The women set off at 9.15, while the men’s race goes at 10.30. The benefits to staging the women’s event on the same day are evident in the crowds that have already ventured out of their homes and on the roadside. Manel, Cylance’s DS, agrees: “This is great; this is exactly what the riders want too. When they get to Siena they won’t believe how many spectators are out.”
The first mechanical happens about 30 km into the race for Cylance — compared to other teams, we’ve been fortunate so far. It’s Omer Shapiro, the Israeli National Champion, one of the team’s key riders. The bike is changed rapidly, but it isn’t a great moment to lose the group. The gravel section is far from over and there’s chaos at the back of the peloton. Manel is forced to drive on, leaving the lone rider to battle on alone.
As the kilometres tick by the race and weather really start to bite. Rather than following the race and thinking about attacking, those in the team cars are forced to react to the needs of the riders, coming to abrupt halts for mechanical issues, changes of clothing and crashes. The combination of the cold and the wet gravel roads give an added dimension to the race, as three women attack off the front of the peloton. Their race numbers are familiar; they’re dangerous riders, strong ones who could form a break that stays this time. Manel tells Spanish National Champion Sheyla Gutierrez to keep calm and stay up there. This really is a wake-up from the slumbers of winter training for all the riders, and arguably one of the toughest starts to the Women’s WorldTour.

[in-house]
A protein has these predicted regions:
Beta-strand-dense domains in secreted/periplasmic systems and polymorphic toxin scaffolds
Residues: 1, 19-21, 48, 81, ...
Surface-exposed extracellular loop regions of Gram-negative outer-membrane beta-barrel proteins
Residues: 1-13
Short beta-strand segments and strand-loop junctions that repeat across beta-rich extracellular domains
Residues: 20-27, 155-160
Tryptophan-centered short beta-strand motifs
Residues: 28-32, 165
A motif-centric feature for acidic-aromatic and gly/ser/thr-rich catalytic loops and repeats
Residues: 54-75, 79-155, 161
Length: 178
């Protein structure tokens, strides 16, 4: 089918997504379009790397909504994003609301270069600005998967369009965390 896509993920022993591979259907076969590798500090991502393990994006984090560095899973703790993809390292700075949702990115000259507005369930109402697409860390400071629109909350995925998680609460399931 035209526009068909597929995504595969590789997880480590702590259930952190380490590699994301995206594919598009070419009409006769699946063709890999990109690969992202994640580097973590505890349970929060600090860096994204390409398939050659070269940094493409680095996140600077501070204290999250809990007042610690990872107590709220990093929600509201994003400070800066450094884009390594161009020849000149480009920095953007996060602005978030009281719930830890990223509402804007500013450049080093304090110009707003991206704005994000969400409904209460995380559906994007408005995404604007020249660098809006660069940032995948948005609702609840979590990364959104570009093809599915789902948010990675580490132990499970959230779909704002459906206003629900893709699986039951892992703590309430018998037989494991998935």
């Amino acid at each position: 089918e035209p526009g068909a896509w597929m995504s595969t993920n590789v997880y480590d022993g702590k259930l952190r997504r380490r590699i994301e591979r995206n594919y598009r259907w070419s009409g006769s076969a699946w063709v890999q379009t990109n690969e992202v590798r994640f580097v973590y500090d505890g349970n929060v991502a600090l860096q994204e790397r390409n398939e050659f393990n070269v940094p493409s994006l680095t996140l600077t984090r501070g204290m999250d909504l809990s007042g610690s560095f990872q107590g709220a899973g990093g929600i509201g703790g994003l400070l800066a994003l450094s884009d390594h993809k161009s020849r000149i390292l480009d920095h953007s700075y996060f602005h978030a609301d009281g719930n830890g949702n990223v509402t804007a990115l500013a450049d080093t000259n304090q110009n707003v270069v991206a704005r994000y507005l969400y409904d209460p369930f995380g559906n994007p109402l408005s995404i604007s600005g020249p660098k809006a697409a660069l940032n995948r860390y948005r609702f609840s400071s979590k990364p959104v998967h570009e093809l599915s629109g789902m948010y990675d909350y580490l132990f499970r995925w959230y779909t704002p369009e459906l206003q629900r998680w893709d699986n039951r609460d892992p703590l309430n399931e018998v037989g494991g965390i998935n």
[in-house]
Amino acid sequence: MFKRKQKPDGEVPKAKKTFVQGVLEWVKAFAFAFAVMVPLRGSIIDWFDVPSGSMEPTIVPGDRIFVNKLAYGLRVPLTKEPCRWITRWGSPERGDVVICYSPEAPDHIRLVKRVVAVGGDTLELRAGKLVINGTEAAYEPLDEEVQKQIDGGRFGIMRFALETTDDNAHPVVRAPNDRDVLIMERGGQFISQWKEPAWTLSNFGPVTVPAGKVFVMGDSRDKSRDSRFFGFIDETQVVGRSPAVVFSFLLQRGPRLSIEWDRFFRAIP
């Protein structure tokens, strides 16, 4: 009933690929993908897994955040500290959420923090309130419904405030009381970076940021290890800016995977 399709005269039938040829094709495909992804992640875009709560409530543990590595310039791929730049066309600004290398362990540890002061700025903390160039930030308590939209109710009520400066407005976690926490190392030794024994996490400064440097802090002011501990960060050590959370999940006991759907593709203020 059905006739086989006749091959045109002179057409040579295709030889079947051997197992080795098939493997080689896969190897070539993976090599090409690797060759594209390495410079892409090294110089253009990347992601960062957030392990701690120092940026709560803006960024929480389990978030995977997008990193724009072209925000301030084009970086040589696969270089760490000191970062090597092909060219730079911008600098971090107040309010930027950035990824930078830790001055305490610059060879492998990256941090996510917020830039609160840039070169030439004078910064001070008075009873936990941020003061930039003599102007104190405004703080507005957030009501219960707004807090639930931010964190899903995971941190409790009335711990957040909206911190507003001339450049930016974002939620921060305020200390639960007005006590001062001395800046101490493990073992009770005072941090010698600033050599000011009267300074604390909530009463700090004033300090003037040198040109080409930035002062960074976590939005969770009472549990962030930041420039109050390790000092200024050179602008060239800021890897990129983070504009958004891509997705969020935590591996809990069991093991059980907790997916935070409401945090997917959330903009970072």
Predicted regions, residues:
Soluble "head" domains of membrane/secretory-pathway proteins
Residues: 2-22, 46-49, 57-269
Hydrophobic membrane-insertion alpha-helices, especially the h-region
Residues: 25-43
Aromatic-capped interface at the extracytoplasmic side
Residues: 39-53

The men’s race is now an hour or so into the 186 km race. Sat at the top of the first climb and the second section of Strade Bianche, it’s a shock to see the impact that the conditions have already had on the riders. In conditions like these, the usual tactic is for riders to set out at a high pace as a way to keep warm and get the job done. There are still lumps of ice on the side of the road, tainted a light brown by the saturated Strade Bianche, and the faces of the riders reflect the chill in the air. It’s hard to recognize the riders of BMC Racing Team as they’re clad in either the soon-to-be-released Liberty thermal rain jersey or the prototype Alley Cat. The ones in the lollyRed sturmPrinz are easy to spot, and testifies to just how extreme they’d perceived the conditions to be. This is going to be certainly be a race that will stick in the memories of many for a long time.